Saturday, September 1, 2012

Economics at the Republican Convention

Well…there wasn’t much, really.  I mean, not much that we didn’t know up front, before the convention started.   But the GOP platform is worth a read, and it has a few surprises.   

It’s full of phrases like: “Prosperity provides the means by which individuals and families can maintain their independence from government.” 

Wow.  Ok.  Is that what prosperity does?  It’s not at the top of my list of things I need to do with my next bit of income.  The top of my list right now is to buy a new(er) car so I can maintain my independence from having to walk 15 miles to work every day.  But whatever.

And it blames taxes and regulations and the Democrats, and supports small business, approves of free enterprise and does not approve of unions.   It calls the Inflation Expectations Imp from the vasty deep, and flirts with the idea of returning to the gold standard. 

And it states that “Unless we take dramatic action now, young Americans and their children will inherit an unprecedented legacy of enormous and unsustainable debt… these levels of spending and debt are already harming job creation and growth, projections of future spending growth are nothing short of catastrophic…”

Sigh.  Ok, I guess I will have to write one more post on the dreaded burden of debt, to try to get some kind of clarity in my own mind at least. 

But I’ll do that tomorrow, because that’s not what I meant to write about today.  Today I want to write in praise of Rand Paul.   Small praise, but still praise. 

I admit that I didn’t---couldn’t---stay up on work nights to watch the whole of the convention proceedings, and I missed all of the really important speeches.  That means that I missed Paul Ryan, Mitt Romney and Clint Eastwood. 

But I did catch Rand Paul, and his speech contained a snippet that actually engaged a few of my brain cells.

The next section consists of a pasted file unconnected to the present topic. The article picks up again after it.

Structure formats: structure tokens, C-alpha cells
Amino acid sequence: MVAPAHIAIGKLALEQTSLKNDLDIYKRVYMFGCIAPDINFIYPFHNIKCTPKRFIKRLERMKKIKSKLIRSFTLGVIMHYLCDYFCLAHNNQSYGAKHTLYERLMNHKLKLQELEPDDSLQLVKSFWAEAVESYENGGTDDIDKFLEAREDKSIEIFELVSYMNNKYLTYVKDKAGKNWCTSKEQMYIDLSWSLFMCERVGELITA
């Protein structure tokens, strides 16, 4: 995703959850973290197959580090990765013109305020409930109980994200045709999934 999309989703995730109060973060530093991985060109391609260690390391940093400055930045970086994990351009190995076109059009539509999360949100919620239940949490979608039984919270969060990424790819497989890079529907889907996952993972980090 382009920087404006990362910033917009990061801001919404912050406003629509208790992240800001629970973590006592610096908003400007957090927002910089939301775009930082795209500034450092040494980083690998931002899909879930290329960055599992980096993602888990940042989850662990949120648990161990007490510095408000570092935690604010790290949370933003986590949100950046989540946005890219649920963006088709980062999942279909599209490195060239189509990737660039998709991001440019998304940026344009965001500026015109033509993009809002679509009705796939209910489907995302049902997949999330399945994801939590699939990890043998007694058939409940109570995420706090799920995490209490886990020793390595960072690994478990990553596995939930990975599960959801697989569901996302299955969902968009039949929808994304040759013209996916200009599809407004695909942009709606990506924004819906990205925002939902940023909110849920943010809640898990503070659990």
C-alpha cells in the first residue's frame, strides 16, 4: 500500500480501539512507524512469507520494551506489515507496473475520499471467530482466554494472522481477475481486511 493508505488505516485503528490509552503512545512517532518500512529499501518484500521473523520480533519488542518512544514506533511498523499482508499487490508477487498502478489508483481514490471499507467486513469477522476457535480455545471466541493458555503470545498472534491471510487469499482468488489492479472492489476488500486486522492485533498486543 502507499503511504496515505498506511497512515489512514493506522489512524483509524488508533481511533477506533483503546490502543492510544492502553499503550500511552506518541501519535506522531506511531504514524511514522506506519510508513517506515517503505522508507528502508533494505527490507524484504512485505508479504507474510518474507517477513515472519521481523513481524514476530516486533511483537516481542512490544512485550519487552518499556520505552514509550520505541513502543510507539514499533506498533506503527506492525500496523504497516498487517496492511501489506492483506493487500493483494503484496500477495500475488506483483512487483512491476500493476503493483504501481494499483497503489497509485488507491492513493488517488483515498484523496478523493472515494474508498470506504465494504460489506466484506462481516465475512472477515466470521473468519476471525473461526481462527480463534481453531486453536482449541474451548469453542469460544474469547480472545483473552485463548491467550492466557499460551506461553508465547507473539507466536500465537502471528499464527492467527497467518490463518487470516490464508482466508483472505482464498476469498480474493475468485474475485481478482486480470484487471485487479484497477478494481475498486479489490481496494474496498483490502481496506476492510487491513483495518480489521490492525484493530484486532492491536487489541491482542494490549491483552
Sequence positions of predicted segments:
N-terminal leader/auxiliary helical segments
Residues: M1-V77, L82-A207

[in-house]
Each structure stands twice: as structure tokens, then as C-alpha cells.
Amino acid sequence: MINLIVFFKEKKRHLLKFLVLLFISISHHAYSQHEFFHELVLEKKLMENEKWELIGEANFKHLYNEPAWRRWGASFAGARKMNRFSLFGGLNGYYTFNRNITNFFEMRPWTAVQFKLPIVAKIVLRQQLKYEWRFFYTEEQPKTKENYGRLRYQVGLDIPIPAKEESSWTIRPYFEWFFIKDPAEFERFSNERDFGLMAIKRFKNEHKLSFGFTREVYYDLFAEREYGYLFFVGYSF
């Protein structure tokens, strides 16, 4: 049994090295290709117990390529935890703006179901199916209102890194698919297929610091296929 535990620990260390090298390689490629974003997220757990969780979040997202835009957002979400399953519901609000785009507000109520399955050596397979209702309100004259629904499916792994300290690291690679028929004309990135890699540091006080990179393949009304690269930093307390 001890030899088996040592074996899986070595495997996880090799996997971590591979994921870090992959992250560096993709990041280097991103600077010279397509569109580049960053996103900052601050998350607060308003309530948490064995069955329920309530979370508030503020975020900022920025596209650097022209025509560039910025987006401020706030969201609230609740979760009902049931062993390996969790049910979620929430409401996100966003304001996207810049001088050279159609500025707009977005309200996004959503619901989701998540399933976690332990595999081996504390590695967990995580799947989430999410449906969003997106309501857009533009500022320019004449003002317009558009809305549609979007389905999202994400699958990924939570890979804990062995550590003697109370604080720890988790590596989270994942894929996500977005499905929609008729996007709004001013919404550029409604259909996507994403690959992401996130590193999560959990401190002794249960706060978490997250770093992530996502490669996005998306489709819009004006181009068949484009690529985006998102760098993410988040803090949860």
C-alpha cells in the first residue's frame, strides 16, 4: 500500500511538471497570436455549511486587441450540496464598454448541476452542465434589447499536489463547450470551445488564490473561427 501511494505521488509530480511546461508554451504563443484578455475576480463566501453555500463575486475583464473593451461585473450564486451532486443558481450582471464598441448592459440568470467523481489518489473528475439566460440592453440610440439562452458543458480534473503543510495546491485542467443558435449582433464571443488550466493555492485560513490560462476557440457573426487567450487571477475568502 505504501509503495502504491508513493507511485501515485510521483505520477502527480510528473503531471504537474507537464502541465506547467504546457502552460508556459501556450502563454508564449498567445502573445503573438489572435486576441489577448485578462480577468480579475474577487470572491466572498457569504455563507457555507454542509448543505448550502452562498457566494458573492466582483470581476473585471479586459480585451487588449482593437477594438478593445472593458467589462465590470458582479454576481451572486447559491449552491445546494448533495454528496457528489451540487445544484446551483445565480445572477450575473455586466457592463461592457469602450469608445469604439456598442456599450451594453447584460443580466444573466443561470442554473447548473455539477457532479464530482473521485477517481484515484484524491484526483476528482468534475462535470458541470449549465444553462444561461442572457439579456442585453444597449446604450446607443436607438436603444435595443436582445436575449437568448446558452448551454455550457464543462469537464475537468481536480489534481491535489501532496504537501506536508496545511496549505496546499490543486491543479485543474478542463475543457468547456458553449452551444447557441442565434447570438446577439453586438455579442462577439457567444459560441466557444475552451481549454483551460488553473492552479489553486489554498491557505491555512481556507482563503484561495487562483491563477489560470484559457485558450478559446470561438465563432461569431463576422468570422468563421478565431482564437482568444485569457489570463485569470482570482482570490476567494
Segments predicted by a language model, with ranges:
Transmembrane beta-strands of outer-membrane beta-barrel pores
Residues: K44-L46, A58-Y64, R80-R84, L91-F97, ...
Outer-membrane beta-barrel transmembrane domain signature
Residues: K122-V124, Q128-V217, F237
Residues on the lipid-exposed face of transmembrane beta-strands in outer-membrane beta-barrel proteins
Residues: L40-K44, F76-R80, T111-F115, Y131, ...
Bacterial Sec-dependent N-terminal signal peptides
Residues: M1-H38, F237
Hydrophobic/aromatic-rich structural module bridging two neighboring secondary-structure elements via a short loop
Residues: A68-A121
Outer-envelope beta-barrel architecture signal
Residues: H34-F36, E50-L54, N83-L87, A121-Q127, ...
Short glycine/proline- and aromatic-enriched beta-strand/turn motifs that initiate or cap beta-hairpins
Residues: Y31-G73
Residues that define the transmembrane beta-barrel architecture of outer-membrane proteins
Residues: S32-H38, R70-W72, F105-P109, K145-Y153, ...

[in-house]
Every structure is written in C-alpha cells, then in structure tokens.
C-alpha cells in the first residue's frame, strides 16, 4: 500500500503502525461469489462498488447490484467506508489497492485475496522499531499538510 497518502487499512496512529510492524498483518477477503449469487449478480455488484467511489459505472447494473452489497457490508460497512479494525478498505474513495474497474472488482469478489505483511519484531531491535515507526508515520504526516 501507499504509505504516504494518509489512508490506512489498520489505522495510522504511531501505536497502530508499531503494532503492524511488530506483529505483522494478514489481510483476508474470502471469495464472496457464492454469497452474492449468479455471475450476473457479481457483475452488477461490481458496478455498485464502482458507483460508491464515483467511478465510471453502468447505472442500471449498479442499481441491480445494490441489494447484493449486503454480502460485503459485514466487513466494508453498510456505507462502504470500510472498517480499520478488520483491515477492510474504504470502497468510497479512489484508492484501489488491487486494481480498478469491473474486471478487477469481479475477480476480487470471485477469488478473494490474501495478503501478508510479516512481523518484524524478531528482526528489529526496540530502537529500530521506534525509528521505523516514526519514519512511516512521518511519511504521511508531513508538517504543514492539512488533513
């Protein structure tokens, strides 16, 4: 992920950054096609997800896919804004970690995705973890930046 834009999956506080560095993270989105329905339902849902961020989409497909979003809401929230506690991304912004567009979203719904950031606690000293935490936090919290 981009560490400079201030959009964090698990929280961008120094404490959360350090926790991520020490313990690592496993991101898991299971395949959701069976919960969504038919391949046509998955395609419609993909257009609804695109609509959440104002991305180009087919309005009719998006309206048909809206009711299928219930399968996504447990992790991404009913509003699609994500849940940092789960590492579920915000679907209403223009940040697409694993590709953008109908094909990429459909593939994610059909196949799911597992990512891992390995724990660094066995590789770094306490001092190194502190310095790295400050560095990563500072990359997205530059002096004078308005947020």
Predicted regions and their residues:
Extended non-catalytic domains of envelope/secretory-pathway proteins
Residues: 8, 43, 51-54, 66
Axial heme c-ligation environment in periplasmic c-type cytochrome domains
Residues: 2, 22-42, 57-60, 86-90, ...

He said this in his speech:

“I was saddened that anyone in our country, much less the president of the United States, believes that roads create business success and not the other way around.”

At first I was just surprised that in all the silliness, the unreasoning, obsessive and endless focus on the convention’s central deceptive Obama quote (“you didn’t build that”), his was the only speech that recognized that Obama was talking about roads, bridges and schools rather than about the businesses that benefit from them, which is to say that his very brief comment took on the Obama statement in a surprisingly honest way that made it worth hearing. 

Then I thought: Ok, it’s true that if there is a business, or a cluster of businesses---say, a city---that people want to get to, then that fact may motivate people, through their government, to build a road to make that location accessible.  And the businesses pay taxes to help build the road; the employees of the businesses also pay taxes, and their customers, and the suppliers of the inputs to the businesses, and so on, all pay taxes that help to build that road. 

And it’s also true that once that road is built, new businesses cluster along it like ants to sugar, trying to take advantage of the opportunity that this government-built road creates.  That’s something small businesses do amazingly well: see an opportunity and take it.  And the businesses along this new road will be supported and uplifted by the easy access available to customers and suppliers to this business that was created only because a road-induced opportunity presented itself. 

So there is a kind of chicken-and-eggness about the process, isn’t there?  Transportation to a city, or to a roadside mall, or a roadside fruit stand, improves the profit opportunities available to it, and also to every other point along the road.  And the city or the fruit stand grows bigger or faster than it would have without the road.  And then more people want or need transportation to this growing fruit stand, which may convince the government to widen the road.  This is a symbiosis between business and government, and both sides of that contribution are useful.

And in the GOP platform, we also find recognition of that fact:

“America’s infrastructure networks are critical for economic growth, international competitiveness, and national security. Infrastructure programs have traditionally been non-partisan; everyone recognized that we all need clean water and safe roads, rail, bridges, ports, and airports.”

A statement like that will almost surely appear in the Democratic platform too; the parties generally don’t disagree on the desirability of infrastructure, only on what kind and how we pay for it. 

We have to ask, then: how do we build those things, if we don’t raise the funding through taxes, and don’t borrow, and (since the platform supports “sound money” and the gold standard) don’t just create the money out of thin air?   Aren’t those our only three options?

So we’re back to the issue of debt, and the burden of debt.  As I said, I’ll try to get back to that tomorrow.

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